The alleged shooting at the AKIM residence in North Tel Aviv was not what it appeared and the “bullet” holes seemed to have been caused by a drill, police announced on Sunday.
As part of the investigation at the north Tel Aviv station, police established a special investigative team to examine the holes. A mobile forensic laboratory was brought to the scene and forensic experts were called in to inspect the area.
Police said that due to these efforts they received two significant findings. First, that a fire arm was not involved in the incident, and second, that there is a high probability that the holes were made from the inside and not from the outside as previously believed.
Police interrogated a workman on Sunday at the north TA station who said in his testimony that around 10 days ago he had drilled holes in a wall with the window open, which in turn caused the holes in the glass.
The station’s police chief instructed officers to keep searching for the object that caused the holes.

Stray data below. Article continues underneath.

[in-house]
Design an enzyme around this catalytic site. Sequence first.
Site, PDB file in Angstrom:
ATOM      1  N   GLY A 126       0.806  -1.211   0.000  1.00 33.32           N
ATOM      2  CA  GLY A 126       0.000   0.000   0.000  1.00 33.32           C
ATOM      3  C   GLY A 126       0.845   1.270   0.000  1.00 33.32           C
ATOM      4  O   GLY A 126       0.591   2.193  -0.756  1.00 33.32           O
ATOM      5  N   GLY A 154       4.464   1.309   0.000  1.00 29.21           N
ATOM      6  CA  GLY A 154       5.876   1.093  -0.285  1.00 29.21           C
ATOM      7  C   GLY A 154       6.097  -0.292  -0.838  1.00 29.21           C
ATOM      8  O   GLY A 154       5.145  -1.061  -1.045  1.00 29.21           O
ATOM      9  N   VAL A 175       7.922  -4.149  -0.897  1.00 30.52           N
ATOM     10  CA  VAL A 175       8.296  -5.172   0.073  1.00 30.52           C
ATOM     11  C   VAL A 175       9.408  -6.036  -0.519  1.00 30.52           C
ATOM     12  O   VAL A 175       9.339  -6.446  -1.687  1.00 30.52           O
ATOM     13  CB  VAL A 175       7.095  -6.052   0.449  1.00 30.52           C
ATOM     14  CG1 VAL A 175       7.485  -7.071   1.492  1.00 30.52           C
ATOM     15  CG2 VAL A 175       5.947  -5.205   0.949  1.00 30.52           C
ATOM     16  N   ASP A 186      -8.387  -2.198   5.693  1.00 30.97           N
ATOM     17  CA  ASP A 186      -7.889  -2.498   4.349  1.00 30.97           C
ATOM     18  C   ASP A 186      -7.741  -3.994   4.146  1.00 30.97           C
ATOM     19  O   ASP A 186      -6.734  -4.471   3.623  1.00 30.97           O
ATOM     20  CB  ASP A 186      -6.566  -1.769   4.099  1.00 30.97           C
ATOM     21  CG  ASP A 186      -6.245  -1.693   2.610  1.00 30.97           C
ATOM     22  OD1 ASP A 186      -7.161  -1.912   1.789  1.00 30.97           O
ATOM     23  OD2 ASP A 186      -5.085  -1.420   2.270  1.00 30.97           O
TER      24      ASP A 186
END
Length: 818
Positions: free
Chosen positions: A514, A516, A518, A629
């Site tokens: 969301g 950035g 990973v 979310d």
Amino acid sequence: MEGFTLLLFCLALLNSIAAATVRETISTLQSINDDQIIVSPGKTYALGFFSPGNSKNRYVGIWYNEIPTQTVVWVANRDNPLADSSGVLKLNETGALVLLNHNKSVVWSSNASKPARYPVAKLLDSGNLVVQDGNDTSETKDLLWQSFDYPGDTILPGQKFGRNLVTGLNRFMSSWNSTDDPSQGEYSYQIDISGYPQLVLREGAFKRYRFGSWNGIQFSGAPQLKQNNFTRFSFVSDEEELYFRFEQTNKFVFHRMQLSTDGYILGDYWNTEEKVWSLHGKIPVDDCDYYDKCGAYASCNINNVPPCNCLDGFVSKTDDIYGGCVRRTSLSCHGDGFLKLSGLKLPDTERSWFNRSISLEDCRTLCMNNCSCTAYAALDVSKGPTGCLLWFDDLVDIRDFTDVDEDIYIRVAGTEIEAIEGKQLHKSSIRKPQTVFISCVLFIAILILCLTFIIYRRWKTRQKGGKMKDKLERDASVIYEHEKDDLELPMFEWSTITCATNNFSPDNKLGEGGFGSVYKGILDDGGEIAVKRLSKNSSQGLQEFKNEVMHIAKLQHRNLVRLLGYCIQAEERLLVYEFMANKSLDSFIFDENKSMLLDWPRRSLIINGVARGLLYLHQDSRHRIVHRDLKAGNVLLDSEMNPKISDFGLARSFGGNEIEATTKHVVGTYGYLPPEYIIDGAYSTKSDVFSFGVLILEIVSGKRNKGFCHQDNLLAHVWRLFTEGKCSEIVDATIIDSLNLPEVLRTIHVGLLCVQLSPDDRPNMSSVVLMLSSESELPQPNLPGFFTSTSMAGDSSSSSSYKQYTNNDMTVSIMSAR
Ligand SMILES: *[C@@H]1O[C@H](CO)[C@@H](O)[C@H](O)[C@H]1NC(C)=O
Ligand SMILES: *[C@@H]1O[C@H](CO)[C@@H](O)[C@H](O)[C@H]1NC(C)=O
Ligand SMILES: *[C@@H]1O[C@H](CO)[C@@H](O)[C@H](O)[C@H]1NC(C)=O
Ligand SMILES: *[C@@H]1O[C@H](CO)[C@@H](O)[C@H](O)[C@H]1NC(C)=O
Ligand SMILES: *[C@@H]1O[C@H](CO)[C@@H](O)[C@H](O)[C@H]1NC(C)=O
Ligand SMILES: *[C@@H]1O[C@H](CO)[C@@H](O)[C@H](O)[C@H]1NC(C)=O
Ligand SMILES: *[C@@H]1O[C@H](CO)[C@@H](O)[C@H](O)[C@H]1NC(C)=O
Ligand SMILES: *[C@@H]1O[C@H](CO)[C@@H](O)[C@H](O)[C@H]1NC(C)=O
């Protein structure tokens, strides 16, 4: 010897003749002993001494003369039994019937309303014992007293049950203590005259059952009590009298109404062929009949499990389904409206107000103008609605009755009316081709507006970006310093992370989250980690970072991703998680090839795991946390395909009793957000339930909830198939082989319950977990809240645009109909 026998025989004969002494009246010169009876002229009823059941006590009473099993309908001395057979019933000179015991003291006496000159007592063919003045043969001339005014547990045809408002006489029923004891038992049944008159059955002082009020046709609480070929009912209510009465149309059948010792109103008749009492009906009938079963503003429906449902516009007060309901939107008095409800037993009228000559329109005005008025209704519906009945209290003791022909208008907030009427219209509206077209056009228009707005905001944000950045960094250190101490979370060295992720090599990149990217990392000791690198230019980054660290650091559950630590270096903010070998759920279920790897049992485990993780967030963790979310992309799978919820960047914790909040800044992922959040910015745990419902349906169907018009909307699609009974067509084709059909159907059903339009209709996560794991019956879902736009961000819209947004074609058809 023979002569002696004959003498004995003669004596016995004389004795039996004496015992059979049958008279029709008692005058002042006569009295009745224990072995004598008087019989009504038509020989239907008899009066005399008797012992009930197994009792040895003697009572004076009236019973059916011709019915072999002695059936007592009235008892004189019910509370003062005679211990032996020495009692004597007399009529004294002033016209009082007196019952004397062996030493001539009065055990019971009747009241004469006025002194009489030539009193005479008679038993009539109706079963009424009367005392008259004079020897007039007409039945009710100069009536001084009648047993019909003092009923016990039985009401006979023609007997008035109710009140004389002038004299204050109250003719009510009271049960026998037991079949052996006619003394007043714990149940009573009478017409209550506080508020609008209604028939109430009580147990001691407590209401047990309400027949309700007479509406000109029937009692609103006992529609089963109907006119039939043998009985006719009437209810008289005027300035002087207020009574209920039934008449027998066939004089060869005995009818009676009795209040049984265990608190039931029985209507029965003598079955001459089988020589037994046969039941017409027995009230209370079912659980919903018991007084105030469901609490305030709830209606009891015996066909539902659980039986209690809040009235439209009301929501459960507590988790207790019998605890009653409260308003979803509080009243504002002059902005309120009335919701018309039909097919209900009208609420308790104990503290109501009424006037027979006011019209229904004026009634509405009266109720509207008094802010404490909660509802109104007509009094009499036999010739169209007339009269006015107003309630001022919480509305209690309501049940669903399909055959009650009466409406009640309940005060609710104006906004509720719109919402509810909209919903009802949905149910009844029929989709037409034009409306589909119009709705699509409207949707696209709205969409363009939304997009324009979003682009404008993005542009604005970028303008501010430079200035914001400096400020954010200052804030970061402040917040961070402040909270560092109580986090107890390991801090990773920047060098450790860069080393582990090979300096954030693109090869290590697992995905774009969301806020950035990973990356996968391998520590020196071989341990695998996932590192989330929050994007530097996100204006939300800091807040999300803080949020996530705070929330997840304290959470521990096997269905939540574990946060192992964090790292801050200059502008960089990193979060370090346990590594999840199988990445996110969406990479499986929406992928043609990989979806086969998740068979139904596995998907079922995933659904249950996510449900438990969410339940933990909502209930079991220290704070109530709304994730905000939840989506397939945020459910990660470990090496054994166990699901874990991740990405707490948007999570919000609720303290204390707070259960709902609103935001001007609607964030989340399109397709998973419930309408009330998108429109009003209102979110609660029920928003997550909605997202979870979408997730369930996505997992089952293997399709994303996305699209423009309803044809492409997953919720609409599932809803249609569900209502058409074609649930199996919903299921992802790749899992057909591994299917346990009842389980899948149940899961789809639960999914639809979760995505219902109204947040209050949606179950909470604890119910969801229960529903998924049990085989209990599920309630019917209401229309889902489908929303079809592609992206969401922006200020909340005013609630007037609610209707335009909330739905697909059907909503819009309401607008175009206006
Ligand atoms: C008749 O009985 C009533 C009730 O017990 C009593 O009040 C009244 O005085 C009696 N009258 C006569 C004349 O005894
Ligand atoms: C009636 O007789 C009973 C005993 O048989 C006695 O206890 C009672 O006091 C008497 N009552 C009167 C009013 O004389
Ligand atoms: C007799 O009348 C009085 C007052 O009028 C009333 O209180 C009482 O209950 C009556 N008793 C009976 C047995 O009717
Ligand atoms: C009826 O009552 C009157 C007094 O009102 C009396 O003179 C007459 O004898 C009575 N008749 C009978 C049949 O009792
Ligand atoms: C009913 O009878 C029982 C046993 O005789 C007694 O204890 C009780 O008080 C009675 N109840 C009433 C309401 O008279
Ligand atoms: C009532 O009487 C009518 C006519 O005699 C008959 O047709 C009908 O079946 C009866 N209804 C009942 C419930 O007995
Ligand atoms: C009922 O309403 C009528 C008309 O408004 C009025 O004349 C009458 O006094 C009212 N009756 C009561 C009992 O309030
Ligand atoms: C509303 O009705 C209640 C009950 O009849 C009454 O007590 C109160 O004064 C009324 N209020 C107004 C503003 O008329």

On Wednesday, a couple and their two children, who were residing near the hostel, were brought to the police station for questioning regarding the shooting and were released shortly thereafter. Police said they had closed the case against the family due to “lack of guilt.”
AKIM – The National Association for the Habilitation of the Intellectually Disabled – issued a statement on Sunday following the announcement by police.
“All the information provided on the suspicion of the shooting, was based fully on police investigators who arrived at the scene. We are very pleased that we are not dealing with a shooting and trust that the police will continue to investigate the rest of the harassment of the AKIM house, since in recent weeks this apartment and the staff have suffered from sabotage, vandalism and threats against the house,” the statement read.
AKIM CEO Sigal Peretz-Yahalomi said last week that prior to the incident the house lock was sabotaged, oil was poured on the pathway leading to the house and over the door and on a few occasions the driveway was blocked by cars.
According to the CEO, the incident has brought about increased public awareness and an outpouring of support for the AKIM organization.
“It is unfortunate that it [the public discussion] came about because of this negative event,” but nevertheless it’s good that a discussion about intellectually disabled people has begun “and hopefully this will help to raise awareness and break disinformation,” Peretz-Yahalomi said.
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